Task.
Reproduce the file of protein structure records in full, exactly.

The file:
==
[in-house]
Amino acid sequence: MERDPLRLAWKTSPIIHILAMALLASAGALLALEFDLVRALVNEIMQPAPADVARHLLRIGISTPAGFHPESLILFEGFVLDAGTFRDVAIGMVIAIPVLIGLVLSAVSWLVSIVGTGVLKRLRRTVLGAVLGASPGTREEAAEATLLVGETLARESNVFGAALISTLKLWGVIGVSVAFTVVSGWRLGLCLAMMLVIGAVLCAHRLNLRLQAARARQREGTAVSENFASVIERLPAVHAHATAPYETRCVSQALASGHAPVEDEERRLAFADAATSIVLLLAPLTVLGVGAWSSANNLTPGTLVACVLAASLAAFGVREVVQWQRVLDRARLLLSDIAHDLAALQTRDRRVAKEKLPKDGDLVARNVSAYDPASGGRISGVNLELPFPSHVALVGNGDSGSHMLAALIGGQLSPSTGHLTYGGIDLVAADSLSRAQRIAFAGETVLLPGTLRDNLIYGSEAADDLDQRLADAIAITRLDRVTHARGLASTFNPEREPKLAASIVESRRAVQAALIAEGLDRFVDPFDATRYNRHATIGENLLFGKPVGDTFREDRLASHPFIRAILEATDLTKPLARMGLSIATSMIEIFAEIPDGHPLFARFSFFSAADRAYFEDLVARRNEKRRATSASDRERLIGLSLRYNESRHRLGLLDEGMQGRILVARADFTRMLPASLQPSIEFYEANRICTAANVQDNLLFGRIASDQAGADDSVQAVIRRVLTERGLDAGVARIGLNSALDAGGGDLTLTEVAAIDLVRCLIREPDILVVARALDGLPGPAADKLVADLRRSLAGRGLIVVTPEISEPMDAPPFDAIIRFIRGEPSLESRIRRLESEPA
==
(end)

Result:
[in-house]
Amino acid sequence: MERDPLRLAWKTSPIIHILAMALLASAGALLALEFDLVRALVNEIMQPAPADVARHLLRIGISTPAGFHPESLILFEGFVLDAGTFRDVAIGMVIAIPVLIGLVLSAVSWLVSIVGTGVLKRLRRTVLGAVLGASPGTREEAAEATLLVGETLARESNVFGAALISTLKLWGVIGVSVAFTVVSGWRLGLCLAMMLVIGAVLCAHRLNLRLQAARARQREGTAVSENFASVIERLPAVHAHATAPYETRCVSQALASGHAPVEDEERRLAFADAATSIVLLLAPLTVLGVGAWSSANNLTPGTLVACVLAASLAAFGVREVVQWQRVLDRARLLLSDIAHDLAALQTRDRRVAKEKLPKDGDLVARNVSAYDPASGGRISGVNLELPFPSHVALVGNGDSGSHMLAALIGGQLSPSTGHLTYGGIDLVAADSLSRAQRIAFAGETVLLPGTLRDNLIYGSEAADDLDQRLADAIAITRLDRVTHARGLASTFNPEREPKLAASIVESRRAVQAALIAEGLDRFVDPFDATRYNRHATIGENLLFGKPVGDTFREDRLASHPFIRAILEATDLTKPLARMGLSIATSMIEIFAEIPDGHPLFARFSFFSAADRAYFEDLVARRNEKRRATSASDRERLIGLSLRYNESRHRLGLLDEGMQGRILVARADFTRMLPASLQPSIEFYEANRICTAANVQDNLLFGRIASDQAGADDSVQAVIRRVLTERGLDAGVARIGLNSALDAGGGDLTLTEVAAIDLVRCLIREPDILVVARALDGLPGPAADKLVADLRRSLAGRGLIVVTPEISEPMDAPPFDAIIRFIRGEPSLESRIRRLESEPA